With Meslier and Gotts; without Pablo Hernandez, Liam Cooper, Adam Forshaw, Helder Costa; or even Tyler Roberts or Jamie Shackleton, or Stuart Dallas in any position; this was not even Leeds United’s best team, and they played better than many teams Arsenal have lost and will lose to this season, and much better than Arsenal themselves.
Jackie Harrison was the first half star, negotiating with Luke Ayling and Mateusz Klich for the freedom to drift inside from the right wing and cause central havoc like Pablo Hernandez. Klich fed Harrison for a one-two with Pat Bamford and a shot that required a good save; Klich again set Harrison up to pass to Bamford, who got the ball back after a quick one-two with Ayling and hammered it against the crossbar; Harrison dribbled inside for a shot and another save; Ayling, Bamford and Klich set up the chance for Gotts.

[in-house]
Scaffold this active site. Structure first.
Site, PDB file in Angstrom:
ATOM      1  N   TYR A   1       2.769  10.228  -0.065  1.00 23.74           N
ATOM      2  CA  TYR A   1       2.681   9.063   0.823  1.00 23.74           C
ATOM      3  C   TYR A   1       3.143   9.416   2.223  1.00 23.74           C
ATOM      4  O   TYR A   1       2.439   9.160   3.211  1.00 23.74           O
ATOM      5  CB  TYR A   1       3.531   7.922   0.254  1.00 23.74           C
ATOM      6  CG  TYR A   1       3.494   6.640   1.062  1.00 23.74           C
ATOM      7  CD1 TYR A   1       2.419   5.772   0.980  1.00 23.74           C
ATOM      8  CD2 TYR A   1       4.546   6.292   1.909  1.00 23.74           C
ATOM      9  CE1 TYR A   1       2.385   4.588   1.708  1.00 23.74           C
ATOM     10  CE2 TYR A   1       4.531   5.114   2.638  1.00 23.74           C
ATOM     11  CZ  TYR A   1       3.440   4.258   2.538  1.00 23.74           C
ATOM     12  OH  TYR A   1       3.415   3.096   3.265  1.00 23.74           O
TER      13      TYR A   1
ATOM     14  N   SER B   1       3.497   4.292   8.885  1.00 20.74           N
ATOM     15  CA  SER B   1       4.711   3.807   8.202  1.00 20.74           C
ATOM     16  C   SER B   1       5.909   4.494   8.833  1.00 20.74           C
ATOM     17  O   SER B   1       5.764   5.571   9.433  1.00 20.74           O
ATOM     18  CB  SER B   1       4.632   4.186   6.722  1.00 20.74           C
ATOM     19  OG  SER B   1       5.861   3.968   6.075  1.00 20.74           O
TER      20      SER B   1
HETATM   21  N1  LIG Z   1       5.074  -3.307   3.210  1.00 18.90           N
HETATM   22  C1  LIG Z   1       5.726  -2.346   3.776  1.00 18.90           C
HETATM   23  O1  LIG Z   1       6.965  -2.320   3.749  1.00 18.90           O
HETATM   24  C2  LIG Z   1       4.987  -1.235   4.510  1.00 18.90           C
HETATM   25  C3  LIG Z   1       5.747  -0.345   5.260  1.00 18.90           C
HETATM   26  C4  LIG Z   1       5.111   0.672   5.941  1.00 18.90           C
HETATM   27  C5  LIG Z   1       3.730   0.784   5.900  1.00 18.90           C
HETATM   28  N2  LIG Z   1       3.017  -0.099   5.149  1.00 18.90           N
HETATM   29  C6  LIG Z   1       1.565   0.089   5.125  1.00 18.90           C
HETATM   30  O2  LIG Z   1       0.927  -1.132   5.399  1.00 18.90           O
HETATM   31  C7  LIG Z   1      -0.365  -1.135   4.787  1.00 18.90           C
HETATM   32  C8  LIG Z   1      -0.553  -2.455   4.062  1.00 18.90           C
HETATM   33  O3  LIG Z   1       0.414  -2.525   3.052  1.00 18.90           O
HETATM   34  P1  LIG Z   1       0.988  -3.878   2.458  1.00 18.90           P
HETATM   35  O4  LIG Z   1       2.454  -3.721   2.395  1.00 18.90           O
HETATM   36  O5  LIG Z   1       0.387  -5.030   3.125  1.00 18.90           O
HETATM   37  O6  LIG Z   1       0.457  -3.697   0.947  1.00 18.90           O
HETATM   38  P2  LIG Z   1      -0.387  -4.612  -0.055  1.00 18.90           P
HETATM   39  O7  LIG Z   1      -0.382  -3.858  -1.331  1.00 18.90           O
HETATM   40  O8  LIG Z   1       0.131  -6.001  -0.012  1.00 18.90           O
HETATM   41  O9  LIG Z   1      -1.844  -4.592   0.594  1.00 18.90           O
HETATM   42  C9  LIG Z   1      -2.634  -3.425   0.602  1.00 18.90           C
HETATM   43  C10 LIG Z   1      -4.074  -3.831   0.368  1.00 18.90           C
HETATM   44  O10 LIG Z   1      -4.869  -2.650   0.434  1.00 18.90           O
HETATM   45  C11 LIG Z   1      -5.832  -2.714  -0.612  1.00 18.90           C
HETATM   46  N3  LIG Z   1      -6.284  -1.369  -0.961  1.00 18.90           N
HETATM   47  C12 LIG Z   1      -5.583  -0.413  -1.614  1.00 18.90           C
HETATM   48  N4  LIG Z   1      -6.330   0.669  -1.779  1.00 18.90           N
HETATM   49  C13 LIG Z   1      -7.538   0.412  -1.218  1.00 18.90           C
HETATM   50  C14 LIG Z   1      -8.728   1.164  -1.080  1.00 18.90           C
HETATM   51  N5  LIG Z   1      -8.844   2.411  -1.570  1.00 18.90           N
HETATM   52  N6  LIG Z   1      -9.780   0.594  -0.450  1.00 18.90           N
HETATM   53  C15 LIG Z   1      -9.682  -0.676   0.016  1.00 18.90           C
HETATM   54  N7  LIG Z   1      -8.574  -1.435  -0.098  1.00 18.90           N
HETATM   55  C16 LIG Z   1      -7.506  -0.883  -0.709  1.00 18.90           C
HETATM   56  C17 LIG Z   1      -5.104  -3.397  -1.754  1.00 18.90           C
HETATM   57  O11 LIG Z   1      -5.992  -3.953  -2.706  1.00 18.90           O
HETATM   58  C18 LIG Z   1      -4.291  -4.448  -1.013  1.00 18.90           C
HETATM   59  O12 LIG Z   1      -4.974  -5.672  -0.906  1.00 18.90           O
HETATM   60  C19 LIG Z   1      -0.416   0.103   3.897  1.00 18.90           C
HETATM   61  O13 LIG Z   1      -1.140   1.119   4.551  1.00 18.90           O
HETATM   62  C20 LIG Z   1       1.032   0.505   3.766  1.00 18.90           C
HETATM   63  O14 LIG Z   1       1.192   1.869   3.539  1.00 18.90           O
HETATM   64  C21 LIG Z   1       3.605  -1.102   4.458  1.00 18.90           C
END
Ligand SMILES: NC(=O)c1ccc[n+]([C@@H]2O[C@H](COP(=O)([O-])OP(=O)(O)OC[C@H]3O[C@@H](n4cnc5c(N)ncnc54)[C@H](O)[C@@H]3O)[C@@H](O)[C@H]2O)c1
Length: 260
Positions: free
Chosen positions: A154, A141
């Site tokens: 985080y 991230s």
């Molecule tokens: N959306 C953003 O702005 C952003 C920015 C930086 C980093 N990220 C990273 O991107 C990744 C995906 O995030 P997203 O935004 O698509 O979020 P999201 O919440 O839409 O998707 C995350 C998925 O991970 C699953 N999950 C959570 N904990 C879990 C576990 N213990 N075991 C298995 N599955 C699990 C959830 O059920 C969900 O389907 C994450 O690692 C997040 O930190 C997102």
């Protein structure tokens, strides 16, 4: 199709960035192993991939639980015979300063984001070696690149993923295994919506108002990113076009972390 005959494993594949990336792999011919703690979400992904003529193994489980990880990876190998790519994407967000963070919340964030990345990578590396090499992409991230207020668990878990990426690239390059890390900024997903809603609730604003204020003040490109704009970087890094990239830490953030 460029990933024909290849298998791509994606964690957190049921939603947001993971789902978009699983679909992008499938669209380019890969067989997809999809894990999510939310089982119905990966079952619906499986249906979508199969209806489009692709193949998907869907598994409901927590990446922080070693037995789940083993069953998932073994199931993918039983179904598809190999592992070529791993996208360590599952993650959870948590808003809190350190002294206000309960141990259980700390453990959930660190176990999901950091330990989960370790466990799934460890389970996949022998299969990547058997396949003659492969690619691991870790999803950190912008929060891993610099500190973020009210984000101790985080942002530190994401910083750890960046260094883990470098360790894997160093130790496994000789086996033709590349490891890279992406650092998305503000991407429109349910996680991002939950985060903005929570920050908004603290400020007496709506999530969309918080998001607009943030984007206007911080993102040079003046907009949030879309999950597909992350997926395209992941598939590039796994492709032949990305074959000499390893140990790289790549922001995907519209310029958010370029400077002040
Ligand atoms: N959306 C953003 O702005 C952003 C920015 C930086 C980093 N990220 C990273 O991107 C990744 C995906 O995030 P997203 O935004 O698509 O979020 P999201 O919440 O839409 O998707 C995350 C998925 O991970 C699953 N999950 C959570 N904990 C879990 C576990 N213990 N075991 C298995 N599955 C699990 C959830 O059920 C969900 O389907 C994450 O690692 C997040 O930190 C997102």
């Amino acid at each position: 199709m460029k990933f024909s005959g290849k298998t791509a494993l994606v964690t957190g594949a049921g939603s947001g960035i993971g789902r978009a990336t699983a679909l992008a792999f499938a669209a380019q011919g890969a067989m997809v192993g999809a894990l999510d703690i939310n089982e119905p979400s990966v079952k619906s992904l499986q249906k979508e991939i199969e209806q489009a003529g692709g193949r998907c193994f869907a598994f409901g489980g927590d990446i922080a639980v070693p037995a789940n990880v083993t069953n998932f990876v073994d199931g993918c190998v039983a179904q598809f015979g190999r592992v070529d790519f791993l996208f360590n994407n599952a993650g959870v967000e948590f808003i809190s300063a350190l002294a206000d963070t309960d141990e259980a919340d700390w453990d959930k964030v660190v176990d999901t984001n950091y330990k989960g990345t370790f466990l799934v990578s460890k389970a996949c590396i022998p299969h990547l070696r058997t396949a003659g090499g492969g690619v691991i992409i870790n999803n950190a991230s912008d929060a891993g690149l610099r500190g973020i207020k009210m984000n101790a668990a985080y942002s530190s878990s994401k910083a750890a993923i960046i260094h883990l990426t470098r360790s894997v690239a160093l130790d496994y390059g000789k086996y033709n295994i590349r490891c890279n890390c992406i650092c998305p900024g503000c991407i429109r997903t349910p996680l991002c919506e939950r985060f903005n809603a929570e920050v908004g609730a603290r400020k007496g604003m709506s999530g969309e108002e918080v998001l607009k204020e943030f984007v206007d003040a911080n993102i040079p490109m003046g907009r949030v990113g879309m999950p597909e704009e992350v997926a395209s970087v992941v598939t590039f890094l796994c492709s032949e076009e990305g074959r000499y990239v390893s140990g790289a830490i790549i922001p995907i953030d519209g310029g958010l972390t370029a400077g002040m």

United’s left side couldn’t match that creativity, but Ayling sent dangerous back post crosses to Alioski and Barry Douglas, and Leeds were wise to concentrate on overloading their strong suit. Arsenal had a chance from a corner like everybody does, and a couple of breaks that fizzled out, but when Leeds retired at half-time their point was made, and new viewers were astonished.
There’s not much point, from a Leeds perspective, in pursuing the game beyond half-time. Arteta demanded and got more from his diffident, embarrassed players, and after Douglas lost the ball on halfway, a chain reaction of errors from Gaetano Berardi to Ben White exposed Meslier to conceding a scruffy winner to Reiss Nelson. The refereeing was typically favourable to the Premier League team; VAR added nothing but tedium. Afterwards, Arsenal’s players had to admit they only played better because they were shouted at like wayward children, while the Peacocks spoke mainly of pride. If there was relief on the night, it was ours, saved from that trip to Bournemouth, while our promotion rivals remain knotted in cup-ties.